May 2010

Erin McKnight


Drenched: Stories of Love and Other Deliriums by Marisa Matarazzo

To suggest that Marisa Matarazzo’s collection of stories beats a steady pulse is akin to committing an indiscretion, for Drenched: Stories of Love and Other Deliriums is an organ that pounds a flow of blood so forceful that even if the language of love is rendered thready and the pulse of passion slows, the work’s resonance is positively arterial.  

If the heart is responsible for the rhythmic circulation of a body’s blood supply, which is in turn nourished by oxygen, it is the author’s textured narrative that composes the actual muscular fiber, and the reader’s breath -- intermittently held, and then released in spurting exhalations -- that makes for a system at once functioning in spirited vigor and affective decline. 

Rived into dual story groupings of six and four, Matarazzo connects characters through genetics and affection, her linking vessels superseding any conventional representation of kinship -- either thematic or physical -- as located in fellow omnium-gatherum short fiction collections. Every astonishing departure is interpreted on a cellular level, each story a structural unit wherein a distinctive voice and rendering of character function as independent embodiments of a wildly original, intricate, and energetic form. 

Embedded within fantastical writing that dazzles, it is the guiding trope of heat and the dominant motif of heart that allow for a level of accessibility perhaps unanticipated by the reader unfamiliar with (or intimidated by) leading-edge literature. The author, however, proves adept at subsuming the rarely achieved balance of astonishing and relatable, as although her paramours are startling in depiction and boast names like “Whaler,” “Little Sis,” “The Girlfriend,” and “Honky Sticky,” her obvious affection for the lives she animates is intoxicating.  

Like “The Floodgates of Love,” intended to “Take a body by surprise” and described by their character-creator as “[making] every receptor cell swim to the surface of the water you feel like you’ve become,” the potion concocted in Drenched is invigorating -- “like you are that small town in Hawaii in the 1940s and the feeling is like the tsunami that swallowed the town whole. People got lost in that tsunami. They were sucked into the middle of the ocean with pieces of homes and stores and vegetation. But you are alive and in love.”  

And when it comes to the affable eccentrics who conduct their lives with a vigor that burns “hot spots” into the pages of Drenched, the reader hungers for the unexpected actions of people like the acrobat who takes her lover onto the balcony and fires her bent body -- “a folded person like a bundle of firewood in her arms” -- like a human machine gun; Rose Quartz, whose teeth are “polished and pink and flecked with minerals” and have callused the inside of his mouth, and cause the same hot damage to The Girlfriend who must “kiss [him] in bursts”; and the inventor who constructs a tree home composed of water, due simply to “ions.”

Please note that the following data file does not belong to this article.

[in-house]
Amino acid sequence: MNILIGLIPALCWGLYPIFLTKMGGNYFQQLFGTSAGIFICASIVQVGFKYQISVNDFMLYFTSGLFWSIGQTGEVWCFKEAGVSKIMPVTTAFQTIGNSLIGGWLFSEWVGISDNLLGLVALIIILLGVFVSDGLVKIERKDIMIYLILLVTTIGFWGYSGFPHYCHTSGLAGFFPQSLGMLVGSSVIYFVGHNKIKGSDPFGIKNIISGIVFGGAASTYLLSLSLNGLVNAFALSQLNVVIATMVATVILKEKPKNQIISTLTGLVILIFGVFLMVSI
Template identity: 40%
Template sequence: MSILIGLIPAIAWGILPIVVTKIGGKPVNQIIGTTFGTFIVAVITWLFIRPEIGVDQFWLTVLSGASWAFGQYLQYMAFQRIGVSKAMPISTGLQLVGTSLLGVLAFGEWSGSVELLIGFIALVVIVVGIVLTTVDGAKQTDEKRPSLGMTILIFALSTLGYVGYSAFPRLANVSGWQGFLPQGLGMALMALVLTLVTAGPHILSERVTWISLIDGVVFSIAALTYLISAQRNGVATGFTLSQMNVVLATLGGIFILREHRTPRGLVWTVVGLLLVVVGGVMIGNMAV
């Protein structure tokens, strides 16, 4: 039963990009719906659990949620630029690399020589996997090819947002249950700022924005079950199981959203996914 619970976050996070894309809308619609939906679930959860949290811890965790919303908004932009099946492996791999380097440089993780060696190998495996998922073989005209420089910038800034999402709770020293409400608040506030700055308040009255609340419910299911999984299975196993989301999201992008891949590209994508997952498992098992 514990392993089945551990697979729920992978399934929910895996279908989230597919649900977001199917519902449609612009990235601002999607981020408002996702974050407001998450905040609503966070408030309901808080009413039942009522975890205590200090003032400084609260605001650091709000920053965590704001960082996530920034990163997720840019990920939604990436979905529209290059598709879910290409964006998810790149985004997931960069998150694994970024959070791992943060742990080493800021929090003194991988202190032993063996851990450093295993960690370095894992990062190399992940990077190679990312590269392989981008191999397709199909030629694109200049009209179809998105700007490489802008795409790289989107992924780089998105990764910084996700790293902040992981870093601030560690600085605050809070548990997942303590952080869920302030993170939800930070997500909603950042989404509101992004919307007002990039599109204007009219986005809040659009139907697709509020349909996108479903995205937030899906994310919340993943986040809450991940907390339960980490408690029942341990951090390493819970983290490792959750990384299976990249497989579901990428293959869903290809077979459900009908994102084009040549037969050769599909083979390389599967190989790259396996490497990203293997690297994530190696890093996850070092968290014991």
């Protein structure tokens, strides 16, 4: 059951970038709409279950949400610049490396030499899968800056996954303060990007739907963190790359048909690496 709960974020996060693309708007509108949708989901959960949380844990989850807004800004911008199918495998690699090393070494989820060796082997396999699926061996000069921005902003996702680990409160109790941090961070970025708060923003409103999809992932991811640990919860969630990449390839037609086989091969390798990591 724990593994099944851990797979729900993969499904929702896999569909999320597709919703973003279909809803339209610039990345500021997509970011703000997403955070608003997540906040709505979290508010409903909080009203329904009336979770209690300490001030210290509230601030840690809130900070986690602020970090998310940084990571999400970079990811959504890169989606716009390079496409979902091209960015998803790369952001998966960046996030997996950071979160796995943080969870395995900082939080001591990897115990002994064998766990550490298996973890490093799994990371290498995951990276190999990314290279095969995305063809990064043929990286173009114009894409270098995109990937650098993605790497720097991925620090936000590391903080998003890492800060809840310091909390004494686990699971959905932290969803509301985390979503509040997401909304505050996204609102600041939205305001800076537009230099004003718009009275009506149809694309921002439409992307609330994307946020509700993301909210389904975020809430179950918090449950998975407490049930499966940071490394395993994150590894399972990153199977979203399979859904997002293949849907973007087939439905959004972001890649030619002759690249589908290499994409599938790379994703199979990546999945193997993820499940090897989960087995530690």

The beads of “Floodgates” that are created by an unconventional sweetheart pairing in “Sunder,” the first story in a sub-interconnected series, from a sheet of red Jell-O and a vial of perfume oil, are responsible for “burning away the two-bodiedness of lovers” much in the way that the text and its reader are fused as amorous entities reliant on the other for a rush of emotion capable of coloring cheeks.  

Despite its repackaging by sexually ambiguous villain Kelly Green in order to allow the buyer to “select the love that they are in and purchase the respective color flavor accordingly,” the “Floodgates of Love” ingestor is presented with “categories to choose from: madly in, obsessive, lusty, long-term, puppy, codependent, [and] desperate.” Matarazzo’s collection, however, is an “only red” product -- consumed in order to create an indefinable fusion of heat and hue that leaves this reviewer positively giddy, head over heels for its writer and her progeny. 

The story of any relationship that doesn’t face obstacles interpreted as unconvincing, the notion of love against all odds frames the collection’s most dramatic accomplishment: Matarazzo douses her lovers with water that cools and refreshes, yet also ripples and swirls the gushy essence of their devotion. Meeting and morphing as solid heat and aqueous coolness, then, the depicted floodgate functions as both regulator and regulated substance. 

“Like soup in a sack,” Marisa Matarazzo’s Drenched: Stories of Love and Other Deliriums beats a reassuringly constant circulation of fluid through physical pathways forever at risk of emotional interruption or rupture. Whether existing as blood or water, the collection rushes as an ocean of heart -- its throbbing current engulfing characters and readers in an emotional stream which is monitored by a phenomenal language engineer who is capable of regulating its flow with celebration and imagination. 

Drenched: Stories of Love and Other Deliriums by Marisa Matarazzo
Soft Skull Press
ISBN: 1593762712
256 Pages